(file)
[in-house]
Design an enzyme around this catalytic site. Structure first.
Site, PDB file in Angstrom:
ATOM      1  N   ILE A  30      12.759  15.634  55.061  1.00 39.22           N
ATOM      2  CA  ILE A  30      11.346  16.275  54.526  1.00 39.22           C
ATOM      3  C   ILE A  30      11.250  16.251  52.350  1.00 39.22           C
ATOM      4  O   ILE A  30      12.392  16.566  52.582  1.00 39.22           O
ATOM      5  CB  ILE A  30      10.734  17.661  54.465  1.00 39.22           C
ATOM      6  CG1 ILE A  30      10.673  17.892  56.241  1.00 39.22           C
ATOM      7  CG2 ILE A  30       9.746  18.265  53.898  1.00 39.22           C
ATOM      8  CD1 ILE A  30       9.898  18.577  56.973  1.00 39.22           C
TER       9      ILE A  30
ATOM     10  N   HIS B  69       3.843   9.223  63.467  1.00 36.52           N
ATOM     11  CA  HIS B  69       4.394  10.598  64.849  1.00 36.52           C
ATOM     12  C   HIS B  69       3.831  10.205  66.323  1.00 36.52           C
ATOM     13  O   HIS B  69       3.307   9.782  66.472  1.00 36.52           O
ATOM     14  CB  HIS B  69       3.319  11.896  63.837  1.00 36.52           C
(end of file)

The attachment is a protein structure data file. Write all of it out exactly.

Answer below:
[in-house]
Design an enzyme around this catalytic site. Structure first.
Site, PDB file in Angstrom:
ATOM      1  N   ILE A  30      12.759  15.634  55.061  1.00 39.22           N
ATOM      2  CA  ILE A  30      11.346  16.275  54.526  1.00 39.22           C
ATOM      3  C   ILE A  30      11.250  16.251  52.350  1.00 39.22           C
ATOM      4  O   ILE A  30      12.392  16.566  52.582  1.00 39.22           O
ATOM      5  CB  ILE A  30      10.734  17.661  54.465  1.00 39.22           C
ATOM      6  CG1 ILE A  30      10.673  17.892  56.241  1.00 39.22           C
ATOM      7  CG2 ILE A  30       9.746  18.265  53.898  1.00 39.22           C
ATOM      8  CD1 ILE A  30       9.898  18.577  56.973  1.00 39.22           C
TER       9      ILE A  30
ATOM     10  N   HIS B  69       3.843   9.223  63.467  1.00 36.52           N
ATOM     11  CA  HIS B  69       4.394  10.598  64.849  1.00 36.52           C
ATOM     12  C   HIS B  69       3.831  10.205  66.323  1.00 36.52           C
ATOM     13  O   HIS B  69       3.307   9.782  66.472  1.00 36.52           O
ATOM     14  CB  HIS B  69       3.319  11.896  63.837  1.00 36.52           C